The 50mm prime lens and today's digital SLR cameras ...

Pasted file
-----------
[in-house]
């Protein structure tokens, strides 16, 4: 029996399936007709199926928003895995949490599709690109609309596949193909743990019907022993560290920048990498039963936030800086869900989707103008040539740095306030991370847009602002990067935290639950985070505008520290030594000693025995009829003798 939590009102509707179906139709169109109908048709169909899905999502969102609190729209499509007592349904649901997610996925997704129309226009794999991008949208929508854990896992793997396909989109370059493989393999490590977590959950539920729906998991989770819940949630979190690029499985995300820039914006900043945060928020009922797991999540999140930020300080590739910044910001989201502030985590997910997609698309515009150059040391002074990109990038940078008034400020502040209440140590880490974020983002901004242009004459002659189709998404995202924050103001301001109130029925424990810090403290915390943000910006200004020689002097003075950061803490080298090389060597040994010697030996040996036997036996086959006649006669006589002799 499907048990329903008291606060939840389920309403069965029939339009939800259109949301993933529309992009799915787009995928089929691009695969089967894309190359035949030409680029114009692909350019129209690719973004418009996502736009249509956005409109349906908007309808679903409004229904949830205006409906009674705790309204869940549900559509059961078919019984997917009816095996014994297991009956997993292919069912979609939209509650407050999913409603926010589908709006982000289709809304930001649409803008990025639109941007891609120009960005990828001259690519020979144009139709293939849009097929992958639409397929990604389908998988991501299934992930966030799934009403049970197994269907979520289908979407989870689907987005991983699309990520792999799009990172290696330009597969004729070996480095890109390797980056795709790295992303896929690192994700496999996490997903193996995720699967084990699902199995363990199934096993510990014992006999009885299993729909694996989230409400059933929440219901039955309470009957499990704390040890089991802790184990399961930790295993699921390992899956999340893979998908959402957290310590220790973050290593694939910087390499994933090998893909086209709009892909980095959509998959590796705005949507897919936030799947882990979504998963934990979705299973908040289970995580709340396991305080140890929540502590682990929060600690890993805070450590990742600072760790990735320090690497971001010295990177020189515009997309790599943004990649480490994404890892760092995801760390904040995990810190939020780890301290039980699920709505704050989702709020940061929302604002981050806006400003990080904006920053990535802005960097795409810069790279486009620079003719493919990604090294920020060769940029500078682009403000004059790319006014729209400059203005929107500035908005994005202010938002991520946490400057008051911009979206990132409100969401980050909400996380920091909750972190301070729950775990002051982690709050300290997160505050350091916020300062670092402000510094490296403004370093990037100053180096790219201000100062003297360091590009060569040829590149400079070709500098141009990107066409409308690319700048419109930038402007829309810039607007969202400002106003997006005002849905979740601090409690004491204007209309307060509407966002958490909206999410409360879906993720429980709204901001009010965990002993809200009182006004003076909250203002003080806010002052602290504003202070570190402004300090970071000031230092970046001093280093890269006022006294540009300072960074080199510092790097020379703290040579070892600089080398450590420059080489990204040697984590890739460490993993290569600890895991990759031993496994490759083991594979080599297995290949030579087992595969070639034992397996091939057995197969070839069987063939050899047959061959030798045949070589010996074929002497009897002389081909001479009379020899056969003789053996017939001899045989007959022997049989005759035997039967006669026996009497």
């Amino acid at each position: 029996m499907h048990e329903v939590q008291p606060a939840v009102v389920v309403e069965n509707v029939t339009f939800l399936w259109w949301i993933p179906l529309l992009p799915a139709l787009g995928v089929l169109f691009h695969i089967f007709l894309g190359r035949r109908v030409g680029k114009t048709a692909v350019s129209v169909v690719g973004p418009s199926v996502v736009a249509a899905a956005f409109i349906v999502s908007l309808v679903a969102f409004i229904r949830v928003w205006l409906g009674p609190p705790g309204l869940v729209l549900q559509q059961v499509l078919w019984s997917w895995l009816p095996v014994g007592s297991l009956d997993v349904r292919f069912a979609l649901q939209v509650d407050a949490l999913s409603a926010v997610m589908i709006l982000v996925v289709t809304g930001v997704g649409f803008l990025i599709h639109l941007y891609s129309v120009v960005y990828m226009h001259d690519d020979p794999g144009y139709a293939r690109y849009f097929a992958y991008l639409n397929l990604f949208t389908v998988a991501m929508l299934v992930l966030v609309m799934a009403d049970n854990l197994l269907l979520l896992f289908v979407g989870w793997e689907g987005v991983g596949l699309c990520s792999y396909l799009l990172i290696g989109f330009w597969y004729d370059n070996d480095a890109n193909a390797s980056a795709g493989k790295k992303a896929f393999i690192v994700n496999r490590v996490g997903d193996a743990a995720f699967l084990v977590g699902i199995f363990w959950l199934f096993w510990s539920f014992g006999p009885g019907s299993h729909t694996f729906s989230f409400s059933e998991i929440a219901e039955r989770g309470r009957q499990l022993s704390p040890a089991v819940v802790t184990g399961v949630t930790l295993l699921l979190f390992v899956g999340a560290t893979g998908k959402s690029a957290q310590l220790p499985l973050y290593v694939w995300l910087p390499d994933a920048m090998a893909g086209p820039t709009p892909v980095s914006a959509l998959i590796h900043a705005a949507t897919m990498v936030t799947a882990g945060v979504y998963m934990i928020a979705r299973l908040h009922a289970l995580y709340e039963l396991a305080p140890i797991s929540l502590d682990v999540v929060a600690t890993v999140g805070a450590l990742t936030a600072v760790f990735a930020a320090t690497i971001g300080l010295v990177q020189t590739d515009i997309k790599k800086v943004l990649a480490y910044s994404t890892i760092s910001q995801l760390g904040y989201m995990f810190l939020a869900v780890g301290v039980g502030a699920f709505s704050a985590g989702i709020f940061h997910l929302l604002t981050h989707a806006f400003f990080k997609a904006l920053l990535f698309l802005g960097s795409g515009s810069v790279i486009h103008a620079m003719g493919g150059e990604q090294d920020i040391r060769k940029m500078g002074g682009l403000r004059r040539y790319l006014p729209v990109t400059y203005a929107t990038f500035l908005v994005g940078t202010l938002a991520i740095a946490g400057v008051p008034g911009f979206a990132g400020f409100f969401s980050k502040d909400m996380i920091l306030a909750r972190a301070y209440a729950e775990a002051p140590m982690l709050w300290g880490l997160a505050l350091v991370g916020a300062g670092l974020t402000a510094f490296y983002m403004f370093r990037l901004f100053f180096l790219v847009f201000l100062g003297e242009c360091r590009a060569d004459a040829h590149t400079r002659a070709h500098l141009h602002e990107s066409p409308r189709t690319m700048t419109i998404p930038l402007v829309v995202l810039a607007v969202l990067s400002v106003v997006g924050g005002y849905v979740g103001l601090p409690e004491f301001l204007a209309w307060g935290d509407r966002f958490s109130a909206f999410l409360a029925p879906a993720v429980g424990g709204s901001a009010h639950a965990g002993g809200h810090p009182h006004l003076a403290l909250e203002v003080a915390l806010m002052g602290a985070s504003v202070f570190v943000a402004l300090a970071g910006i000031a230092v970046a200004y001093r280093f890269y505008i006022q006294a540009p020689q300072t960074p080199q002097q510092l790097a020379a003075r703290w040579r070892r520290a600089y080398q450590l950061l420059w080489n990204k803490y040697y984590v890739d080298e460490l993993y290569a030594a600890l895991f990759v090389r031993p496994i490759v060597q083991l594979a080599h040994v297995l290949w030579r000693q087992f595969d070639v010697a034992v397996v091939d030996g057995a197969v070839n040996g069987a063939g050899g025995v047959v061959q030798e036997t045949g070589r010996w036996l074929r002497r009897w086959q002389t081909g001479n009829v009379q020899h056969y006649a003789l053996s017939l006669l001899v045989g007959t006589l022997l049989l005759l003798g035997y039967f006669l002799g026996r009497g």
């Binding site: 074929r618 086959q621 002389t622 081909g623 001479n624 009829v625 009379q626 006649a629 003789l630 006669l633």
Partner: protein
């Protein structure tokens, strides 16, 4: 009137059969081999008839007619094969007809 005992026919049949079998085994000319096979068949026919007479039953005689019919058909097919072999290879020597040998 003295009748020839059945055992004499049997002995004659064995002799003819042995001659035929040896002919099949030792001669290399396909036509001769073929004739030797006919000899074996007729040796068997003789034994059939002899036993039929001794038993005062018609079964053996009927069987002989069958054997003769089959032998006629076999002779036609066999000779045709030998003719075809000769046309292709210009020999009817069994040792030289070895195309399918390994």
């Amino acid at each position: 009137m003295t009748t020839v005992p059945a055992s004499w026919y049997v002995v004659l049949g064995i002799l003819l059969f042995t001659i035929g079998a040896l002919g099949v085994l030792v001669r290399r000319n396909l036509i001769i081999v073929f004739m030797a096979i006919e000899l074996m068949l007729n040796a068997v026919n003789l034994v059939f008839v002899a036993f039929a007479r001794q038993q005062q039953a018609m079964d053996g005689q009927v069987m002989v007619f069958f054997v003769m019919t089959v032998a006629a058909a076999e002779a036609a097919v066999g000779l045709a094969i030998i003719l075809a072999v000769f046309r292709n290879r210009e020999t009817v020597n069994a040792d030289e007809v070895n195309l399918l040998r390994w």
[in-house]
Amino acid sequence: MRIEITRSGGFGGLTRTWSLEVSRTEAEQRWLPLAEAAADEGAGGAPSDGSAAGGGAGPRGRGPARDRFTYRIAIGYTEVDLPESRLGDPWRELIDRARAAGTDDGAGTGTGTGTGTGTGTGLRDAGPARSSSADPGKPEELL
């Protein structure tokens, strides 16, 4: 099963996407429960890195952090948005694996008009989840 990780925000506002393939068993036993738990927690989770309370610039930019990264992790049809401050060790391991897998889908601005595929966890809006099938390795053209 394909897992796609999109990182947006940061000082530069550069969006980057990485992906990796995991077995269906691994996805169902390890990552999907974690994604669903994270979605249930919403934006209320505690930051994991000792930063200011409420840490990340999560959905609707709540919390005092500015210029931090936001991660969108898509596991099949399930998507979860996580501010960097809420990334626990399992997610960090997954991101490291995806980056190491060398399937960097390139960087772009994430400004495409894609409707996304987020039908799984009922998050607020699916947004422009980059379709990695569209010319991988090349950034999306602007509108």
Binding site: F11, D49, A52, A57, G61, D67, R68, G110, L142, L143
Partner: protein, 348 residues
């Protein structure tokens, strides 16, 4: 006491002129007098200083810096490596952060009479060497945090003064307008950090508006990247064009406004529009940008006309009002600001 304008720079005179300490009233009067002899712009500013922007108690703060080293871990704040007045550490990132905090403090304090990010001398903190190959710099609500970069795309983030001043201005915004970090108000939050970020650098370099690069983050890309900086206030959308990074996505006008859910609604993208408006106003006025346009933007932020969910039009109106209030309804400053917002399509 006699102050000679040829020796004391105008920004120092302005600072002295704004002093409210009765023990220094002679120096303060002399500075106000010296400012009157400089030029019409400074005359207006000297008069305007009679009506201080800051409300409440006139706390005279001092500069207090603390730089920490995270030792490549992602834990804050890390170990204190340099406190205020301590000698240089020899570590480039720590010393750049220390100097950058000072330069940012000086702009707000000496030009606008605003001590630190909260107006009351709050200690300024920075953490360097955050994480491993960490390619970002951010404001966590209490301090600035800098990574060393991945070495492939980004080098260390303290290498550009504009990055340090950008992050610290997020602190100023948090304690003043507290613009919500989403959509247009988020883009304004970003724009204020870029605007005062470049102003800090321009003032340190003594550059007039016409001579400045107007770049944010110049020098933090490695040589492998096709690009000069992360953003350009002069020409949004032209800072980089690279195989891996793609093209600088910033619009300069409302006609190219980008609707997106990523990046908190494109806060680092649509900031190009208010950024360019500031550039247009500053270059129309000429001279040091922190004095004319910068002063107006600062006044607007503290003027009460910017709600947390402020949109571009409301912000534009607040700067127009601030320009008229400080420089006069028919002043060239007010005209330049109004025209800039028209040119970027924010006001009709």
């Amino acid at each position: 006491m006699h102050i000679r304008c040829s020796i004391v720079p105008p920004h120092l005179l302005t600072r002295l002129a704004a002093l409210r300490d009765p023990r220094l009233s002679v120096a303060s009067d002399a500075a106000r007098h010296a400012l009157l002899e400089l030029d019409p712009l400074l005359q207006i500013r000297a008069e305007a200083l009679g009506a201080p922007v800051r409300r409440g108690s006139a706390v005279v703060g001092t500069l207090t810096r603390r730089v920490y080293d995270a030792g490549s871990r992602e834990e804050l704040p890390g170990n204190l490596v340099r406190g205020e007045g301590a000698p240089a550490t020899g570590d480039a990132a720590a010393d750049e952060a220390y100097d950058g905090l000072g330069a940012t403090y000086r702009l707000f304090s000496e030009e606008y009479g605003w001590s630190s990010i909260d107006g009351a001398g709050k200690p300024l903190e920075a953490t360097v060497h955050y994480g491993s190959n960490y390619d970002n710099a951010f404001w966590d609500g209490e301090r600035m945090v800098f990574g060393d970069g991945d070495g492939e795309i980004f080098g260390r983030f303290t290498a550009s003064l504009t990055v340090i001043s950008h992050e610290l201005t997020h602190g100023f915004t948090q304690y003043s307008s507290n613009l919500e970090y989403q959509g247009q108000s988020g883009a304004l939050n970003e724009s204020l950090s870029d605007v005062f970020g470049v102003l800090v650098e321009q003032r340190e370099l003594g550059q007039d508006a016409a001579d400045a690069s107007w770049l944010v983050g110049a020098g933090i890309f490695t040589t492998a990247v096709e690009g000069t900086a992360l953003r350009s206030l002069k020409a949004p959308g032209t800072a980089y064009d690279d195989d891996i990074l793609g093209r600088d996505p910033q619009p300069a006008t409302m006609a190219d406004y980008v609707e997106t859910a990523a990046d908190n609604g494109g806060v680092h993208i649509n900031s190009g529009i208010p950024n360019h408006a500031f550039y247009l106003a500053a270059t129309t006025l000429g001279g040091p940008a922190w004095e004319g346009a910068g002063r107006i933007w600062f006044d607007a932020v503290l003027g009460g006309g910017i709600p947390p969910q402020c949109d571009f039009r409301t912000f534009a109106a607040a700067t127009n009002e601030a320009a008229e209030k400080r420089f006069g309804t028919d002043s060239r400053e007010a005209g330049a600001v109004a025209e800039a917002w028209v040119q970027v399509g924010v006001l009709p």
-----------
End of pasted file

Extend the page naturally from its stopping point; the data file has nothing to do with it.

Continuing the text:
You may wonder- what is a prime lens, what does 50mm actually mean, and why would I ever want or need such a lens. Back in the ancient days when I was a photo student ALL 35mm film based cameras came with a 50mm -prime- lens- in other words this lens did not zoom. 50mm is a fairy normal focal length- simply holding the camera up to your eye to view through it and then looking at the scene with your eyes there would not appear to be much of a difference- the camera that sported the 50mm lens was neither telephoto - making things appear closer- nor wide angle- meaning you could see wider than with your eyes-like looking through a front door peep hole. As cameras developed in the 1980s the wide angle to mild telephoto zoom lens became a standard item to come with a new camera body. The 50mm prime lens was all but forgotten and Santa Claus himself limited production to only one of his highly skilled elves that made 50mm lenses for Nikon, Canon ,Olympus and Leica. In the current digital world the 50mm prime lens has made a big comeback- WHY? you may ask.The 50mm prime lens is about the sharpest lens you may ever own- not having to make a lens that zooms is a big advantage in making these lenses very very sharp , and even though today's zoom lenses are sharper than ever before; the 50mm lens is much sharper. And another big reason for their new popularity- these new 50mm lenses now autofocus and are priced in the range of around only $150USD. Perhaps you are not into the cult of sharpness- the 50mm has some other big "skillz". Most moderately priced 50mm lenses are about ƒ2- this is called the ƒ-stop and the number 2 is an indication of how much light the lens lets in. ƒ-2 means that the diameter of the front of the lens if multiplied by 2 would touch the sensor chip. Lower numbered ƒ-stops such as ƒ2 actually let in MORE light. The lower the number- the more light the lens is letting in. Most zoom lenses today have an aperture (ƒ stop "hole") of ƒ4- so this means a typical prime ƒ-2 50mm lens actually lets about 4x (times) more light into the camera at the full open aperture of ƒ2 than your typical zoom lens of today. Any lens that is ƒ-2 or has even a larger aperture is known to be a "FAST" lens in photographer parlance. Canon and Nikon also have slightly faster 50mm prime lenses of ƒ1.4 or thereabouts- but note the price on these Faster Fast lenses is going to be at least 2x that of the standard 50mm ƒ2 lens. Leica- the German camera and lens maker also has their famous Noctilux series of 50mm prime lenses. The Noctilux puts the same amount of light on the sensor chip as falls on the front of the lens- to do this it actually gathers light-so therefore it gets a ƒ-stop rated at ƒ1 - wow. Lenses that gather light and are very fast were in the past referred to as "Cat's Eyes" a term that is all but forgotten today in a world of much "slower" ƒ4 zoom lenses. The Noctilux has an incredibly limited depth of focus at ƒ1 and also a look to the areas rendered out of focus like almost no other lens. Needless to say the Leica Noctilux lens is priced over $10,000USD - so I doubt I'll be picking up one soon. This ability to let in a lot of light makes the affordable ƒ2 50mm prime lens excellent for taking night time street scenes without a tripod and also indoor portraits by window light. Also- the 50mm is physically shorter (only about 2 inches in length) than a typical modern zoom lens- meaning that with slow shutter speeds in dark nighttime places ever so slightly shaking the camera leads to less blur in the images as a short lens is not waving around as much as a lens that sticks out 6 inches in front of the camera. Most of todays' digital SLR camera have an APS sized sensor- which is a bit smaller than the actual film size being exposed in 35mm film cameras of the past- so this means that used with your newer SLR camera the 50mm is a slight bit telephoto- which makes it excellent as a portrait lens. However- there is a bit of confusion- portraits made with the 50mm prime lens need to be half or full length view of the human body portraits- the 50mm lens is not telephoto enough to make extreme close ups of adult facial portraits. Portraits made close up with this lens with adults will give them bulby noses- so the answer here is - you will need a nice lens that has a zoom capability over 100mm to take close ups ( shoulders neck and head) for adult faces. I recommend for close ups of faces you will need a lens that zooms to at least 135mm. Notice I said not to use the 50mm lens for close ups of -adult faces- however,close ups of babies and young children may benefit from the 50mm lens as it will make their facial features project ( less flat and more three dimensional ) giving them a slightly more mature look in some cases. Another advantage of the 50mm lens is that used at ƒ2 the lens has a very limited depth of field- this is good for photographing flowers up close to make the background fall our of focus, sure this can easily be done also with a telephoto lens used at ƒ4- but if you like the look of limited focus without the typical telephoto perspective- the 50mm is the way to go. Last but not least- the 50mm prime lens is a favorite of those making HD videos with their SLR cameras. Since most SLR cameras currently do not offer autofocus , the bright image seen through the viewfinder with the -fast-ƒ2 50mm lens makes it really easy to focus. Not only does ƒ2 allow focus t be made quickly - it also allows the cinematographer to know exactly where the focus has been placed. This means that if the lens is then stopped down ( set to a smaller ƒ-stop) to get more depth in the focus you still know where the sharpest point of focus was set. Focus was not so critical with low rez video of the past- but with 1080 HD video - high def.- with more definition comes the ability of the end viewer to see what is sharp and what is not in focus. Budding cinematographers also like making movies with limited depth of focus- and ƒ2 delivers a sharp scene of lovers enjoying a cocktail together while making the little string lights in the distance behind them bloom romantically into circular blobs of light. So - if you do not already own the trusty 50 you may want to think about getting one- and if you bought one on impulse or on recommendation of a pro or enthusiast friend but did not fully grasp why - well now you have a better understanding of the usefulness of this lens and will have some good reasons to employ it.